CHESTNUT HILL, Mass., June 7 (UPI) — U.S. scientists say they’ve developed a “nanocoax” technology that can support a highly efficient thin-film solar cell that provides outstanding efficiency.
Boston College researchers said their nano-scale solar cell — inspired by the coaxial cable — offers greater efficiency than any previously designed nanotech thin-film solar cell. It does that, they said, by resolving the “thick and thin” challenge inherent to capturing light and extracting current for solar power.
The quest for high power conversion efficiency in most thin-film solar cells has been hampered by competing optical and electronic constraints — a cell must be thick enough to collect a sufficient amount of light, yet it needs to be thin enough to extract current.
Boston College physicists said they resolved that challenge through a nanoscale solar architecture based on the coaxial cable — a technology that dates to the mid 1800s.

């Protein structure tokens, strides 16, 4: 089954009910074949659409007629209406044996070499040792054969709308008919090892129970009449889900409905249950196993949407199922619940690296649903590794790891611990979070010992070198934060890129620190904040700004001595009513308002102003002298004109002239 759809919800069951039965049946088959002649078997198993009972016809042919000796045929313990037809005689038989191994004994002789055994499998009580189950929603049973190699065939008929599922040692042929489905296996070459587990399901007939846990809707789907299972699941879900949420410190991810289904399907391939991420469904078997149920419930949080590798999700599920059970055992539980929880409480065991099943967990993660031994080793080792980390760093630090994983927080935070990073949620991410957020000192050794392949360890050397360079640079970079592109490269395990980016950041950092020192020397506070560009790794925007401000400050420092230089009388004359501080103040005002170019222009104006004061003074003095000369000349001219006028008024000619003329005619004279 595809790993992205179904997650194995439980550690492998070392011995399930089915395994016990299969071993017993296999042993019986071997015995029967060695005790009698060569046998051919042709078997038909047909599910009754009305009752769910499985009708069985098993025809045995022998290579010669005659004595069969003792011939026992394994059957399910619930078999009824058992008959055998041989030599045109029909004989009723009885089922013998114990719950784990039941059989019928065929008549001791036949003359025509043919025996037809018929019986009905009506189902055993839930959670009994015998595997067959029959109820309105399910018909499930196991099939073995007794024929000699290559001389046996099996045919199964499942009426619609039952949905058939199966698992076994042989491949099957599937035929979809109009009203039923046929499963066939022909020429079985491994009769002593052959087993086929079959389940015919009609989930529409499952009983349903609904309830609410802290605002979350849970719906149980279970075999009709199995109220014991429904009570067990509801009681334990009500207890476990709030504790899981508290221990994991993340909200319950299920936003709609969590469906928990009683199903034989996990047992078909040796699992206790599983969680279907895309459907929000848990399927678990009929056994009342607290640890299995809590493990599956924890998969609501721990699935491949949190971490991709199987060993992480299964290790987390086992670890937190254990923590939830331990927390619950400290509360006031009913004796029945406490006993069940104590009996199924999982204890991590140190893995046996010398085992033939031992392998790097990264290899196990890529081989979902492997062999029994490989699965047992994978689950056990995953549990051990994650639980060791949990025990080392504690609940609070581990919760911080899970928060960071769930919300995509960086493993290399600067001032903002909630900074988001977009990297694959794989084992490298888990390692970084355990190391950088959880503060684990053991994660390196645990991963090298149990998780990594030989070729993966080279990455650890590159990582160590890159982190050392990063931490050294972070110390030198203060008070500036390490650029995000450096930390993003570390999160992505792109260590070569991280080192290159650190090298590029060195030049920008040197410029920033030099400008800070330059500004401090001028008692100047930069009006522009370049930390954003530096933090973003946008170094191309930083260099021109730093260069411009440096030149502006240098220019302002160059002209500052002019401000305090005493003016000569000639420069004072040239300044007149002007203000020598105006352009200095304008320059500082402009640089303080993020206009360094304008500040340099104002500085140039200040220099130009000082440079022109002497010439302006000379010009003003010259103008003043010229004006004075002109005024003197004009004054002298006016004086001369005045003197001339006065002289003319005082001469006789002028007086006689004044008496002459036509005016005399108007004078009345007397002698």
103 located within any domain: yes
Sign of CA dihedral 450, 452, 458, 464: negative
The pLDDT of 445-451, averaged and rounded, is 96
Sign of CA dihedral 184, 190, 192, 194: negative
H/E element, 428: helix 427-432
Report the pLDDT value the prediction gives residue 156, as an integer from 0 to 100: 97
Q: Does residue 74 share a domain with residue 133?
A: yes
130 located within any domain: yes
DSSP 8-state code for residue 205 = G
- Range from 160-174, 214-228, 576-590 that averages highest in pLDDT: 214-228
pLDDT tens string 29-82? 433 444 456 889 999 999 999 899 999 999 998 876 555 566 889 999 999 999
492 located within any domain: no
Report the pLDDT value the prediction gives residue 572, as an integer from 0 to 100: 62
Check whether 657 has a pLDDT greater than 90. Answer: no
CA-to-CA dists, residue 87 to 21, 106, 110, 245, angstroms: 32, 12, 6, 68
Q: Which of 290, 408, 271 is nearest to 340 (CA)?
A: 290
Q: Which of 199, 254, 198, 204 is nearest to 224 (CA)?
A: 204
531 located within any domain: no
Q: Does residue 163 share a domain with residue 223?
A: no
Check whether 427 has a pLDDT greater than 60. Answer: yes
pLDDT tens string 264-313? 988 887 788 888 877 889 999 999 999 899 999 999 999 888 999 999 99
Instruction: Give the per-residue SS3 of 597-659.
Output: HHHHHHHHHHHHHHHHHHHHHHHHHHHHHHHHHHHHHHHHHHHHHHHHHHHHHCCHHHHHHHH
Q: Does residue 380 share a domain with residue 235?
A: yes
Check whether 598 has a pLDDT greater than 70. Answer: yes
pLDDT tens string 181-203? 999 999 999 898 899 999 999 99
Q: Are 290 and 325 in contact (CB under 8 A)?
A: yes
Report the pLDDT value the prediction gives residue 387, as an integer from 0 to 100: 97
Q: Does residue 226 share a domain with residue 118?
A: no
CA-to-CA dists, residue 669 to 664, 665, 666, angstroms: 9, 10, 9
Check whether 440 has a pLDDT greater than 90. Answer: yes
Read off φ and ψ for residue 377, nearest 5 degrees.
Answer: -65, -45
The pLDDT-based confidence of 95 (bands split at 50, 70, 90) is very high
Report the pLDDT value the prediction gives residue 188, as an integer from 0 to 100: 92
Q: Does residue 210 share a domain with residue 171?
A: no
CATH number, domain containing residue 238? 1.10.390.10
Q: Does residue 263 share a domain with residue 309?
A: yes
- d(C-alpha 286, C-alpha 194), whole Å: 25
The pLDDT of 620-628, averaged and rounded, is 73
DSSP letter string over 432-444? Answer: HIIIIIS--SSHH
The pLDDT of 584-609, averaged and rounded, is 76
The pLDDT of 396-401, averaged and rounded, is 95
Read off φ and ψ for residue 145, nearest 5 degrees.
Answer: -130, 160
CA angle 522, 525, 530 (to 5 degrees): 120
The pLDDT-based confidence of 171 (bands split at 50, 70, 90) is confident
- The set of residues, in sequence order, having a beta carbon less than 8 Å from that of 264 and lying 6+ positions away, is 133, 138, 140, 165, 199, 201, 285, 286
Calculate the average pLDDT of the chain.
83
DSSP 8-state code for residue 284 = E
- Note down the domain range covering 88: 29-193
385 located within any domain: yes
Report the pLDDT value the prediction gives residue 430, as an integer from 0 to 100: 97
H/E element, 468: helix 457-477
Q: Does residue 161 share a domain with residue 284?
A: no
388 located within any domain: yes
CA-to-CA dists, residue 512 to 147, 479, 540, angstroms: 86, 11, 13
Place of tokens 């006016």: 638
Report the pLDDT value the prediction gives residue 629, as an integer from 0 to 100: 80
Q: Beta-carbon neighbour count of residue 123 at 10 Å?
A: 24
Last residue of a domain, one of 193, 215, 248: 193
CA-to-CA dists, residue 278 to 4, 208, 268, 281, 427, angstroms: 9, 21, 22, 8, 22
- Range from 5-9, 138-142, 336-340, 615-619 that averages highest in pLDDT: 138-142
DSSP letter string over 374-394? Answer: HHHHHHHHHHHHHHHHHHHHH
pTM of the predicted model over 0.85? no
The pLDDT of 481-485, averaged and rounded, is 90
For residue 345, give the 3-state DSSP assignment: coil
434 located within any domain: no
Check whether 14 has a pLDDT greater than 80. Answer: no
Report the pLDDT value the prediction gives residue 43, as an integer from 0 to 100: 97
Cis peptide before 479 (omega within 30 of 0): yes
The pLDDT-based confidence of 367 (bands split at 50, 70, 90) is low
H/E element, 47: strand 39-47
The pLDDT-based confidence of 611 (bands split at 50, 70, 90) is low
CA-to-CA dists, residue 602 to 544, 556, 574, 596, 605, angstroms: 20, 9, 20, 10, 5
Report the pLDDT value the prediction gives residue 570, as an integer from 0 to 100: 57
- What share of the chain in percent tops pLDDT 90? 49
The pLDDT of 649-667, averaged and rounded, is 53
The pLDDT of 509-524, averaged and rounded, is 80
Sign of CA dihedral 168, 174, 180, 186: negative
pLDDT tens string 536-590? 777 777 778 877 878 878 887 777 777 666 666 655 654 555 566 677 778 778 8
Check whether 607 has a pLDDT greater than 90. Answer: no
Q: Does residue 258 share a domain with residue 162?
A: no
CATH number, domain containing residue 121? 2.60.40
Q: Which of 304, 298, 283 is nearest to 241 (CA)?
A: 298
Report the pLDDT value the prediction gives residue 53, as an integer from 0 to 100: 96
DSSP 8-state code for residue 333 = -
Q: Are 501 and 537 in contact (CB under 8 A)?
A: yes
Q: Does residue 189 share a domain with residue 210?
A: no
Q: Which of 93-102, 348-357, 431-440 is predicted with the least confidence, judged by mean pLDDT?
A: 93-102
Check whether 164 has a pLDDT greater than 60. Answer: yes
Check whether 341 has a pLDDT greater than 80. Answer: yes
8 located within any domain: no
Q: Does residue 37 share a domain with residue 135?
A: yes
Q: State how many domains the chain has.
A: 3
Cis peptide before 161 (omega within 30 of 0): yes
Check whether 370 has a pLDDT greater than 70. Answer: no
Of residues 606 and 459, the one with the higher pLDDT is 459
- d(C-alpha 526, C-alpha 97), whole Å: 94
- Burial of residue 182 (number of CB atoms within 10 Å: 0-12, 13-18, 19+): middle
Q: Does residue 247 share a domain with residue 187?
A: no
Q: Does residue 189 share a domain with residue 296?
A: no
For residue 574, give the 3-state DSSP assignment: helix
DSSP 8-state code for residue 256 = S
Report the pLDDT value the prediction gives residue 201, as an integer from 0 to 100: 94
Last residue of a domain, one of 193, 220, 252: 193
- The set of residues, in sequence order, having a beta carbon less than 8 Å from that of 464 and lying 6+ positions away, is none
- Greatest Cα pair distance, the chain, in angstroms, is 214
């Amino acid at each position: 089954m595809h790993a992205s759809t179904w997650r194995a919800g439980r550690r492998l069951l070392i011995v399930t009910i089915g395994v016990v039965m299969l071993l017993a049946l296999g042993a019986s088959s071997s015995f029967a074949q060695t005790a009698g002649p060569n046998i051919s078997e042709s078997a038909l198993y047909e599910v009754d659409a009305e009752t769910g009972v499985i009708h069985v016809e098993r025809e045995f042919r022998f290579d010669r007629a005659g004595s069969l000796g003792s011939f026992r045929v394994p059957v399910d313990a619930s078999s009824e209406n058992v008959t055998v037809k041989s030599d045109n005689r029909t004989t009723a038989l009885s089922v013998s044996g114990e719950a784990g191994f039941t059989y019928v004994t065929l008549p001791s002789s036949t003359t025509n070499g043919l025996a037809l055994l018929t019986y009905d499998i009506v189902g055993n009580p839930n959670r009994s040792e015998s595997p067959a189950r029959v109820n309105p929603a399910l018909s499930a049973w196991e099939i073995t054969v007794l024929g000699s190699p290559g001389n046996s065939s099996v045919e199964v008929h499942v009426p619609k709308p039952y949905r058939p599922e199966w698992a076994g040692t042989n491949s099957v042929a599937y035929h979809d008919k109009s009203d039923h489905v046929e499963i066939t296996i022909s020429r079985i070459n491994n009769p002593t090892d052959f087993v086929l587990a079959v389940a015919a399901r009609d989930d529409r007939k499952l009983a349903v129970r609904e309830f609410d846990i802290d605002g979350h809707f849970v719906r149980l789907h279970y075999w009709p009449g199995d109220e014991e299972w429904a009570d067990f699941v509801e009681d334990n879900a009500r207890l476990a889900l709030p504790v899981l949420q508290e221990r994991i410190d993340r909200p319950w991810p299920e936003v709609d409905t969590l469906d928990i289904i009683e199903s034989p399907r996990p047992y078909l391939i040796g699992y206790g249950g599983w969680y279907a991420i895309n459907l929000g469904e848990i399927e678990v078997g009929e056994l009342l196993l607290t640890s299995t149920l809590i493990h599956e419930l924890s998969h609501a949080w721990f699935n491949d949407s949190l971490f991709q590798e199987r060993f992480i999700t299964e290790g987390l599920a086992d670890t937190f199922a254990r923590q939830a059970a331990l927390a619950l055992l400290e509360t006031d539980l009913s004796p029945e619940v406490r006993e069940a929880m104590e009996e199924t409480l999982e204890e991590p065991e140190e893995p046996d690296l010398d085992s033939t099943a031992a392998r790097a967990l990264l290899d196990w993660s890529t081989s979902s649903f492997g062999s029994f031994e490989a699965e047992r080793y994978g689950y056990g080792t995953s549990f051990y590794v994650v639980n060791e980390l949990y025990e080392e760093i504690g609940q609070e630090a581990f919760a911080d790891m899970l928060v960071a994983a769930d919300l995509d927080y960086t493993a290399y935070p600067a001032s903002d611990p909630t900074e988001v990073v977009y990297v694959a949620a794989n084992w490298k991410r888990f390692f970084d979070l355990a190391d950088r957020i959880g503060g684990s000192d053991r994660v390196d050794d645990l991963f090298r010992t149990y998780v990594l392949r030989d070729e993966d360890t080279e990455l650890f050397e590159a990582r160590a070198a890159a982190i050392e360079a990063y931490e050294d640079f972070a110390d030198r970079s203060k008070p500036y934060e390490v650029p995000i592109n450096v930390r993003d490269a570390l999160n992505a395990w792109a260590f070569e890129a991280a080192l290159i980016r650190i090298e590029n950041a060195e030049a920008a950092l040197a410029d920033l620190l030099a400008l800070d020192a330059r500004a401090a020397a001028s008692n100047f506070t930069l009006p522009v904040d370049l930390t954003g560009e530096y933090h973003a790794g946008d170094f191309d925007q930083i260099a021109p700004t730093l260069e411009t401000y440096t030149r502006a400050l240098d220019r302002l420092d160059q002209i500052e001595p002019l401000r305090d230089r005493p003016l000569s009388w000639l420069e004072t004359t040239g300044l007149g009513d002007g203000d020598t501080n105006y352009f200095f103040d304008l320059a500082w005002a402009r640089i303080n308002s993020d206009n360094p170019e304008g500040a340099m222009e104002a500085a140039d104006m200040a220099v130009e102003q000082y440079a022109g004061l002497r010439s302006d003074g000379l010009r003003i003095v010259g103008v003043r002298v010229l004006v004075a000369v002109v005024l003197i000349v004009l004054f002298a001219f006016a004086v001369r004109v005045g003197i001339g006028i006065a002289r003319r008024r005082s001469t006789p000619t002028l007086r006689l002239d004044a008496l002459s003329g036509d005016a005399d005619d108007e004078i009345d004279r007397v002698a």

“Many groups around the world are working on nanowire-type solar cells, most using crystalline semiconductors,” Professor Michael Naughton, a co-author of the study, said. “This nanocoax cell architecture, on the other hand, does not require crystalline materials, and therefore offers promise for lower-cost solar power with ultrathin absorbers. With continued optimization, efficiencies beyond anything achieved in conventional planar architectures may be possible, while using smaller quantities of less costly material.”
The research appears in the early online edition of the journal Physica Status Solidi.
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